The waiting room was packed with soon-to-be grandparents as they mixed and mingled, dined on vending machine snacks and mindlessly occupied themselves during the long hours that oftentimes is labor.
People who once upon a time loved each other call us when they don't anymore. I get that. It certainly goes with the territory. But the people who require the services of a family law attorney still span the spectrum from having empathy or sympathy or at least a desire to do as little harm as possible to their once-partner, to out and out loathing, spitefulness and hatefulness that can chill you to the bone.
The Manely Firm has been helping families for 30 years. All of those years our first consultations have been free. Over the course of 30 years we have helped thousands upon thousands of clients in family law. Over the course of 30 years we have consulted with, provided critical information to tens of thousands of potential clients in divorce, modification, contempt and every other facet of family law.
You hear a million stories in my chair. How people sometimes treat one another can be saddening, infuriating, depressing.
I've been practicing family law for three decades now. That is a long time. When I started practicing, the massacre at Tiananmen Square had just happened, the Berlin Wall hadn't yet fallen, and the world didn't yet have the world wide web.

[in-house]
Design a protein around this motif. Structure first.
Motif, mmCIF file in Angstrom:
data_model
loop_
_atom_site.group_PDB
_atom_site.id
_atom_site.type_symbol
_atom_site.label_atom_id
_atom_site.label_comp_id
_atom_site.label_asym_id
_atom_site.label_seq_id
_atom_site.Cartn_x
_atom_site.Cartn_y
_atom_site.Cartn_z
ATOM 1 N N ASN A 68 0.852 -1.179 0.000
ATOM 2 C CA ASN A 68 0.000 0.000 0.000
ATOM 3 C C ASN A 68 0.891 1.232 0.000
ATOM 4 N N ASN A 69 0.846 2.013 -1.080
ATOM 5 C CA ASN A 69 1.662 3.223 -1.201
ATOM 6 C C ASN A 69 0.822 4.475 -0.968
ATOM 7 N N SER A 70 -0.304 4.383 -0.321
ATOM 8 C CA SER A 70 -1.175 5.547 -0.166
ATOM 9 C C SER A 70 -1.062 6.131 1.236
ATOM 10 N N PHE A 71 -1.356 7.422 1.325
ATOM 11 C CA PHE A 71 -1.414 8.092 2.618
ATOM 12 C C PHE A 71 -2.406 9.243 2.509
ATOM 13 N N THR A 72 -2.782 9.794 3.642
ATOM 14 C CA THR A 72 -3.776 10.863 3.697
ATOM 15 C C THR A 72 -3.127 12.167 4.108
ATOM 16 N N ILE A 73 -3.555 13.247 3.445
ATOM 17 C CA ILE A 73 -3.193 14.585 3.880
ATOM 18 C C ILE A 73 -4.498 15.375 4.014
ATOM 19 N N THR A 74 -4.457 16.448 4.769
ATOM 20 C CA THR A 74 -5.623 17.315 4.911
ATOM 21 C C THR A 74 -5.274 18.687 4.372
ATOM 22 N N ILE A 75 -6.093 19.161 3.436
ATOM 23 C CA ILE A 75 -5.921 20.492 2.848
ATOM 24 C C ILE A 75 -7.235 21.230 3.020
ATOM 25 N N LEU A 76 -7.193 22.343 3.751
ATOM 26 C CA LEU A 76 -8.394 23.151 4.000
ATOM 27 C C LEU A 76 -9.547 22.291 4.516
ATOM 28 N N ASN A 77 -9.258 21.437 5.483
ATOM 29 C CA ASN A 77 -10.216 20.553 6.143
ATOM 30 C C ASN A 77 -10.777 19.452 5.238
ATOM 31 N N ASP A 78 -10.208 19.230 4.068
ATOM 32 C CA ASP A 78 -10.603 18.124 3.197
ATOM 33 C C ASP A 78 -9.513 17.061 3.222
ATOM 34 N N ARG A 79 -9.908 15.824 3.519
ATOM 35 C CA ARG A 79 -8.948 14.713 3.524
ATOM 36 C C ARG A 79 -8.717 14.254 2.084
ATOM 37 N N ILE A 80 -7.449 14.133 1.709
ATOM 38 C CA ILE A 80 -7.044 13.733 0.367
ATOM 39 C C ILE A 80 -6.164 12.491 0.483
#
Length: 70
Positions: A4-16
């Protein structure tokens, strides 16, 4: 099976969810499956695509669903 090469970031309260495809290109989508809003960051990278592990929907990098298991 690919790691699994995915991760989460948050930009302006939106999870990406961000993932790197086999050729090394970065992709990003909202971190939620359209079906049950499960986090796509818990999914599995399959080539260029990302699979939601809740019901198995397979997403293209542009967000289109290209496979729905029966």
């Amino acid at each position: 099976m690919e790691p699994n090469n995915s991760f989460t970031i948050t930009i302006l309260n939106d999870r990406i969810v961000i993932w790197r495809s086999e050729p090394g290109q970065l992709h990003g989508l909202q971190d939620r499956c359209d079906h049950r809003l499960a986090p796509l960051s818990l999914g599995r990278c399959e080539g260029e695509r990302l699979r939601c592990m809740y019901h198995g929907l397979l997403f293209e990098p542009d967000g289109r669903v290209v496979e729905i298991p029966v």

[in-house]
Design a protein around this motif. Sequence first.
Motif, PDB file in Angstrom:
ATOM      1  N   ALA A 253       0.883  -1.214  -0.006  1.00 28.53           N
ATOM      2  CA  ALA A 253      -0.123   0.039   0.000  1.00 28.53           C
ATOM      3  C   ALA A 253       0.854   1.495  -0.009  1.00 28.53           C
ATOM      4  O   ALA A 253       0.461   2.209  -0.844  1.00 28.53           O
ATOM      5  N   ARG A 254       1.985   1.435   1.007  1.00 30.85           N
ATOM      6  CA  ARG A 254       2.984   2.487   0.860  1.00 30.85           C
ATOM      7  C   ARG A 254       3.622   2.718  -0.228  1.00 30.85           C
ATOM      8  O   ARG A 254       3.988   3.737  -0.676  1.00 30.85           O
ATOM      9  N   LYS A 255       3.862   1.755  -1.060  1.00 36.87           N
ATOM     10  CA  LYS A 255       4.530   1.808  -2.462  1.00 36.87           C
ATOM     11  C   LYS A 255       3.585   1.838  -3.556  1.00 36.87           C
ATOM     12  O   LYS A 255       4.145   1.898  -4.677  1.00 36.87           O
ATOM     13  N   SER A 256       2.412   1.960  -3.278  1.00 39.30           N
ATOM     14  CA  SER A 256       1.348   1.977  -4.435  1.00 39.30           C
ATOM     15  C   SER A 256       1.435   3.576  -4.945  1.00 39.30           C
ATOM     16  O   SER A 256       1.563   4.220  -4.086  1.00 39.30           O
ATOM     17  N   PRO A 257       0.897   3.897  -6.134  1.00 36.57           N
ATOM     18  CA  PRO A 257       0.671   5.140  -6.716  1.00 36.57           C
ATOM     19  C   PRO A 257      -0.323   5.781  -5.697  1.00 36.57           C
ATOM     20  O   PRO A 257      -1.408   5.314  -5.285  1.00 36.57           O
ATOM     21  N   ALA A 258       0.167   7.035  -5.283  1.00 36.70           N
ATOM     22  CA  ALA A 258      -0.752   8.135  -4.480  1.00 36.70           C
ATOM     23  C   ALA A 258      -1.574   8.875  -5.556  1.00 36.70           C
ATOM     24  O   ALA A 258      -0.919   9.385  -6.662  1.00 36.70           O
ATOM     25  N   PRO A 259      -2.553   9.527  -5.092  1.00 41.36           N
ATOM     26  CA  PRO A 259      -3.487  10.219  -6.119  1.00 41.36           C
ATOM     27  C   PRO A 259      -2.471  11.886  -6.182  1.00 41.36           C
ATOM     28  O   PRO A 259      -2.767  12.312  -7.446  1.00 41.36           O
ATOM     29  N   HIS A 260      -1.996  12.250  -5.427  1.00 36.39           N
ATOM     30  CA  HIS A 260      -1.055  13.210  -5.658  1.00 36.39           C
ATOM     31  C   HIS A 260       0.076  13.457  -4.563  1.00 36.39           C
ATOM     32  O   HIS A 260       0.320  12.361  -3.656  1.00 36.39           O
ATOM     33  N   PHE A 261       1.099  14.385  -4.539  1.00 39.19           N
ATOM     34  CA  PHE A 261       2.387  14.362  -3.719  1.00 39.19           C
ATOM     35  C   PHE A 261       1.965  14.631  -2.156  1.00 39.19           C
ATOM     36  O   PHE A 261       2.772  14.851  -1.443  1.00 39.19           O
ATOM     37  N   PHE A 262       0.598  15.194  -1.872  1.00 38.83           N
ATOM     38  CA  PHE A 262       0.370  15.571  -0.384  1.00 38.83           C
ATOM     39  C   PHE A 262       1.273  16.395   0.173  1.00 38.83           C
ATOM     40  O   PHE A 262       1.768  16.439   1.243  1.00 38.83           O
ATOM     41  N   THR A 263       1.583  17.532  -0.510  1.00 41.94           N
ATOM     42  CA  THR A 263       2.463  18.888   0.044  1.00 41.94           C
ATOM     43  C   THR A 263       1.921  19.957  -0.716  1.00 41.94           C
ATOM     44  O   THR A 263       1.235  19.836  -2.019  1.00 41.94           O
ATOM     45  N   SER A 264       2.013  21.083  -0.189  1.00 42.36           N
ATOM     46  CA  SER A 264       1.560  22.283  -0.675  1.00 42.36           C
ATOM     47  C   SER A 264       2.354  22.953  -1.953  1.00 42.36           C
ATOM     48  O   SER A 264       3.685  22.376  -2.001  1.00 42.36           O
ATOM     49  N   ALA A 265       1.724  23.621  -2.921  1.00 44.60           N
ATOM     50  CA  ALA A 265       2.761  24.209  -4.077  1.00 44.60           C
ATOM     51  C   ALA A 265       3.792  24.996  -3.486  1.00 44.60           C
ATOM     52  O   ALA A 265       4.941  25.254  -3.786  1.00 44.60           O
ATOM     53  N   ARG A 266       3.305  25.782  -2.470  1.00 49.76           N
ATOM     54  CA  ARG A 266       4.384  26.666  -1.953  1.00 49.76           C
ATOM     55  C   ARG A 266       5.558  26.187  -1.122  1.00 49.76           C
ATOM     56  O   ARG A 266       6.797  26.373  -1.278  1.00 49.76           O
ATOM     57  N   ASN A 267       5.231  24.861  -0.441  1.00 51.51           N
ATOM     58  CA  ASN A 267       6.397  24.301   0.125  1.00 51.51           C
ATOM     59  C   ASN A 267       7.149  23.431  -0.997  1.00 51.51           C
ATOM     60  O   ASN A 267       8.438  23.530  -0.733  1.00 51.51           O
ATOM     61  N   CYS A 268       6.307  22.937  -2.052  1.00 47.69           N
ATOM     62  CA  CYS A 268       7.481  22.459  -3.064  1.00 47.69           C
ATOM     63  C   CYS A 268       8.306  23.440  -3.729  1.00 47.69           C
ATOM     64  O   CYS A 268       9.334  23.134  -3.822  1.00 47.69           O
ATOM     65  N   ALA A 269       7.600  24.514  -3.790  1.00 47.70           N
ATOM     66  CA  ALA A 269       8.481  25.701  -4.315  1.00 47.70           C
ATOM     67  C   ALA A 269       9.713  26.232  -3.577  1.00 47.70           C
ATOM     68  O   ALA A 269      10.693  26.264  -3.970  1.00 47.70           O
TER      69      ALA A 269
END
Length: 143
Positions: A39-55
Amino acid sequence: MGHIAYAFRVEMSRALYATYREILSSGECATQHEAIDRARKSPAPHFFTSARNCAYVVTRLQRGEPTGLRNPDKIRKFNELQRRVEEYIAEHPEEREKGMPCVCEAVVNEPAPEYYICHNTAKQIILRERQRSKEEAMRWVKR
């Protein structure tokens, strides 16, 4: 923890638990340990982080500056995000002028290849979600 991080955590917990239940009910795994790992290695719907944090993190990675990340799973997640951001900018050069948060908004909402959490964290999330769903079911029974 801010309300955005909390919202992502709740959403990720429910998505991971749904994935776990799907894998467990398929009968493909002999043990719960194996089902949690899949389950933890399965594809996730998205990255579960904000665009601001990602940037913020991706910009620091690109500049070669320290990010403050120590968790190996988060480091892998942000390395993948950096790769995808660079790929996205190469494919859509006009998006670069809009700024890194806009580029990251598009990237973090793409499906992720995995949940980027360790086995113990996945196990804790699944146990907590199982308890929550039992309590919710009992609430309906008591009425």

Every year at this time, the Georgia Family Law Bar comes together to study how to improve our practice. Usually, we cover substantive topics such as child custody and alimony and child support and Qualified Domestic Relations Orders and 401ks. This is good. This is necessary because it makes us all better lawyers at the substance of our practice.
We had the honor, privilege and pleasure of spending a splendid evening this past weekend with Atlanta's Consular Corp, the Consul Generals and Honorary Consul Generals of some 50 countries who handle their countries' diplomatic demands for the south eastern United States. And they are stationed here, in Atlanta.
It was now well into the wee hours of the morning. For far too long now the argument had been little more than, "yes it is" and "no it isn't." They weren't getting anywhere. They weren't going to.
"Just write a letter," she told me. "Tell him what to do so he'll do it," she explained. "How much could a letter cost?"
"Smart mouth bitch," her momma screamed at her. "You've backed talked me for the last time."